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Tackle landlords' ‘parasitic approach’ to housing with rent controls, tenants urge

THE Scottish government should introduce strict rent control across the country to tackle Landlords’ “parasitic approach” to housing, demonstrators in Edinburgh will demand on Thursday tonight.

The protest, organised by Scottish tenants’ union Living Rent, will take place outside a workshop by BBC One property presenter Martin Roberts advising landlords how to “maximise profits.”

Promotions for the workshop boast that Mr Roberts will show landlords how to “live the life they really deserve,” teaching them “rental and capital-growth strategies” and how to increase revenue.

Increasing returns for landlords would simply mean further ripping off Edinburgh tenants and exacerbating the city’s housing crisis, according to Living Rent.

“Scotland’s housing market is deeply broken. While we are in the midst of a housing and homelessness crisis, we need to stop looking at housing as an opportunity for landlords to make themselves a quick profit,” Living Rent’s Eleanor White said.

“The Scottish government urgently needs to introduce stronger regulation to protect ordinary renters from exploitation, starting with strict rent controls.

“People simply won’t forgive the government if it continues to stand by and watch as people are driven further into poverty by this kind of parasitic approach to housing.”

The protest comes as the cost of renting in Scotland’s capital continues to rise at eye-watering levels.

Between 2010 and 2019, the Lothians saw the average rent for a two-bedroom property climb from £665 per month to £972 – a 46.3 per cent cumulative increase over nine years.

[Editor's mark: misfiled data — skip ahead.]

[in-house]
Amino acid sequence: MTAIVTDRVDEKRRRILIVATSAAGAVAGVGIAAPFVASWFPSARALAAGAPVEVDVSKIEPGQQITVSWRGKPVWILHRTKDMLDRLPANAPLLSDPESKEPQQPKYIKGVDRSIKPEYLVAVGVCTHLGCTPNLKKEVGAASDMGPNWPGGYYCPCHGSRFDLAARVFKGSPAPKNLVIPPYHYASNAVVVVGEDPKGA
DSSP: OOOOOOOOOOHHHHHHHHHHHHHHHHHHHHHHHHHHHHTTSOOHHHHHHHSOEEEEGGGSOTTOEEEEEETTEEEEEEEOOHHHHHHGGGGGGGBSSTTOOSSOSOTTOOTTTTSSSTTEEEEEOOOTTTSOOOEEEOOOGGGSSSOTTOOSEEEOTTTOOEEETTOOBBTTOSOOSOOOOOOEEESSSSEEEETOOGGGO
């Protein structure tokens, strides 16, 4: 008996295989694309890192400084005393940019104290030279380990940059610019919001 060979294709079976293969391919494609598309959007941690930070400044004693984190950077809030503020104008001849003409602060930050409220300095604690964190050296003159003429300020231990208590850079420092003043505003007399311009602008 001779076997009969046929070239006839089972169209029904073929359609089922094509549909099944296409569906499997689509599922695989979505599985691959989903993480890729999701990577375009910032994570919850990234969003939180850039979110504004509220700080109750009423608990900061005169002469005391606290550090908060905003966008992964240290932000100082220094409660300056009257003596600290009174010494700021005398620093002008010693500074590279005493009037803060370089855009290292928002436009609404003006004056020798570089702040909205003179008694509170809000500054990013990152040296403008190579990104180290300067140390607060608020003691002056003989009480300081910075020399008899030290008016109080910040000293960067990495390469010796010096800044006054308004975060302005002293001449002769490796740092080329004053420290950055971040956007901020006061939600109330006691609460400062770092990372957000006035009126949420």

Protest organiser Rufus Bouverie said that landlords had an “extractive parasitic mindset,” and were charging “exorbitant rents for their properties at the misery and suffering of their tenants.”

He added: “We are in dire need of legislation that supports the individual from greater exploitation from the landlord.

“With rents in Edinburgh increasing 42 per cent over the last eight years, strict rent controls are a very real and important step that both the Scottish and UK government need to implement unless they want to stand by as people are driven deeper and deeper into poverty.”

Scottish housing minister Kevin Stewart said that the government has acted to improve security and stability for tenants in the private sector.

“We are on track to deliver our ambitious target to deliver 50,000 affordable homes — 35,000 of which will be for social rent — over the lifetime of this Parliament, backed by more than £3.5 billion, the single biggest investment in and delivery of affordable housing since devolution,” he said.


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